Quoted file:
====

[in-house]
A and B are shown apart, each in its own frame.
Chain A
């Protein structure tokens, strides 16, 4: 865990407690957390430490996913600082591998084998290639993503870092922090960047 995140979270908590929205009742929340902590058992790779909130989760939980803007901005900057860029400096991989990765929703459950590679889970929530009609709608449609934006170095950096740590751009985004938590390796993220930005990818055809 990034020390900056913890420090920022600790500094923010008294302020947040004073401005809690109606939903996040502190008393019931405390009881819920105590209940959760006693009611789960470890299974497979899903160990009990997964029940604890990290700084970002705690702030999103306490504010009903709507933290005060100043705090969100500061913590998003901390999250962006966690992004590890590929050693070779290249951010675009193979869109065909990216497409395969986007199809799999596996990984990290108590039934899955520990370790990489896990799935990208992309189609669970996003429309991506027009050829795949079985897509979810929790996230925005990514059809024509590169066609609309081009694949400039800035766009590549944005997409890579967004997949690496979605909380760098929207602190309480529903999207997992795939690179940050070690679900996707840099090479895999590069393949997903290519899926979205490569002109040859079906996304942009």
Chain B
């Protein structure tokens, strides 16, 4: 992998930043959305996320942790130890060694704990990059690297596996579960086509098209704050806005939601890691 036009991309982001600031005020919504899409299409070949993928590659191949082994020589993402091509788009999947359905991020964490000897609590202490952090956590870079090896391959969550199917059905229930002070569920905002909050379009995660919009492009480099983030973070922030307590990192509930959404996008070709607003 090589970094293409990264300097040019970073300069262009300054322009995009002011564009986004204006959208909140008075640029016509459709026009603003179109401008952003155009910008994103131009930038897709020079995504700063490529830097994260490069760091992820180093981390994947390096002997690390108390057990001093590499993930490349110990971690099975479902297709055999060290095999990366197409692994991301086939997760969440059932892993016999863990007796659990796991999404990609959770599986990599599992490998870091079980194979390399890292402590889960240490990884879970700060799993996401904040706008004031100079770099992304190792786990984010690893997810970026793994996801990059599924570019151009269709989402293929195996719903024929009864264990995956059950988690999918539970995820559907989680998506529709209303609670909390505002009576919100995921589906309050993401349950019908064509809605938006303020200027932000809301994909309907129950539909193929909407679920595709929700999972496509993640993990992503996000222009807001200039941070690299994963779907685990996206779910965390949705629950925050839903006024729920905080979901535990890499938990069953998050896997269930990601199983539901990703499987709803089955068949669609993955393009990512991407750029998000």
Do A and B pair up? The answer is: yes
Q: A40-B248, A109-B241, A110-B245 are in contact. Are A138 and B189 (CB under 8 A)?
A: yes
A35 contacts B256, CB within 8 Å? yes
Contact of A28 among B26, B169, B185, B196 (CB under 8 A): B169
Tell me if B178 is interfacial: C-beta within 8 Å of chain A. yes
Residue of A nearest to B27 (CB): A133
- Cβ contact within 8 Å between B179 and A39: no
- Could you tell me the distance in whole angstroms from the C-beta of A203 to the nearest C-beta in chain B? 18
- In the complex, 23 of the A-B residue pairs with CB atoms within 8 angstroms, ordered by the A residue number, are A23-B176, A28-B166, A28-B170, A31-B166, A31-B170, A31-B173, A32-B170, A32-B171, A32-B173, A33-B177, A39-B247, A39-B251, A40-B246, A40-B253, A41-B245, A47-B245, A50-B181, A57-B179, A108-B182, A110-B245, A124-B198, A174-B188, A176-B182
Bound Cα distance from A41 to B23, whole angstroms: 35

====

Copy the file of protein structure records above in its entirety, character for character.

[in-house]
A and B are shown apart, each in its own frame.
Chain A
């Protein structure tokens, strides 16, 4: 865990407690957390430490996913600082591998084998290639993503870092922090960047 995140979270908590929205009742929340902590058992790779909130989760939980803007901005900057860029400096991989990765929703459950590679889970929530009609709608449609934006170095950096740590751009985004938590390796993220930005990818055809 990034020390900056913890420090920022600790500094923010008294302020947040004073401005809690109606939903996040502190008393019931405390009881819920105590209940959760006693009611789960470890299974497979899903160990009990997964029940604890990290700084970002705690702030999103306490504010009903709507933290005060100043705090969100500061913590998003901390999250962006966690992004590890590929050693070779290249951010675009193979869109065909990216497409395969986007199809799999596996990984990290108590039934899955520990370790990489896990799935990208992309189609669970996003429309991506027009050829795949079985897509979810929790996230925005990514059809024509590169066609609309081009694949400039800035766009590549944005997409890579967004997949690496979605909380760098929207602190309480529903999207997992795939690179940050070690679900996707840099090479895999590069393949997903290519899926979205490569002109040859079906996304942009």
Chain B
């Protein structure tokens, strides 16, 4: 992998930043959305996320942790130890060694704990990059690297596996579960086509098209704050806005939601890691 036009991309982001600031005020919504899409299409070949993928590659191949082994020589993402091509788009999947359905991020964490000897609590202490952090956590870079090896391959969550199917059905229930002070569920905002909050379009995660919009492009480099983030973070922030307590990192509930959404996008070709607003 090589970094293409990264300097040019970073300069262009300054322009995009002011564009986004204006959208909140008075640029016509459709026009603003179109401008952003155009910008994103131009930038897709020079995504700063490529830097994260490069760091992820180093981390994947390096002997690390108390057990001093590499993930490349110990971690099975479902297709055999060290095999990366197409692994991301086939997760969440059932892993016999863990007796659990796991999404990609959770599986990599599992490998870091079980194979390399890292402590889960240490990884879970700060799993996401904040706008004031100079770099992304190792786990984010690893997810970026793994996801990059599924570019151009269709989402293929195996719903024929009864264990995956059950988690999918539970995820559907989680998506529709209303609670909390505002009576919100995921589906309050993401349950019908064509809605938006303020200027932000809301994909309907129950539909193929909407679920595709929700999972496509993640993990992503996000222009807001200039941070690299994963779907685990996206779910965390949705629950925050839903006024729920905080979901535990890499938990069953998050896997269930990601199983539901990703499987709803089955068949669609993955393009990512991407750029998000």
Do A and B pair up? The answer is: yes
Q: A40-B248, A109-B241, A110-B245 are in contact. Are A138 and B189 (CB under 8 A)?
A: yes
A35 contacts B256, CB within 8 Å? yes
Contact of A28 among B26, B169, B185, B196 (CB under 8 A): B169
Tell me if B178 is interfacial: C-beta within 8 Å of chain A. yes
Residue of A nearest to B27 (CB): A133
- Cβ contact within 8 Å between B179 and A39: no
- Could you tell me the distance in whole angstroms from the C-beta of A203 to the nearest C-beta in chain B? 18
- In the complex, 23 of the A-B residue pairs with CB atoms within 8 angstroms, ordered by the A residue number, are A23-B176, A28-B166, A28-B170, A31-B166, A31-B170, A31-B173, A32-B170, A32-B171, A32-B173, A33-B177, A39-B247, A39-B251, A40-B246, A40-B253, A41-B245, A47-B245, A50-B181, A57-B179, A108-B182, A110-B245, A124-B198, A174-B188, A176-B182
Bound Cα distance from A41 to B23, whole angstroms: 35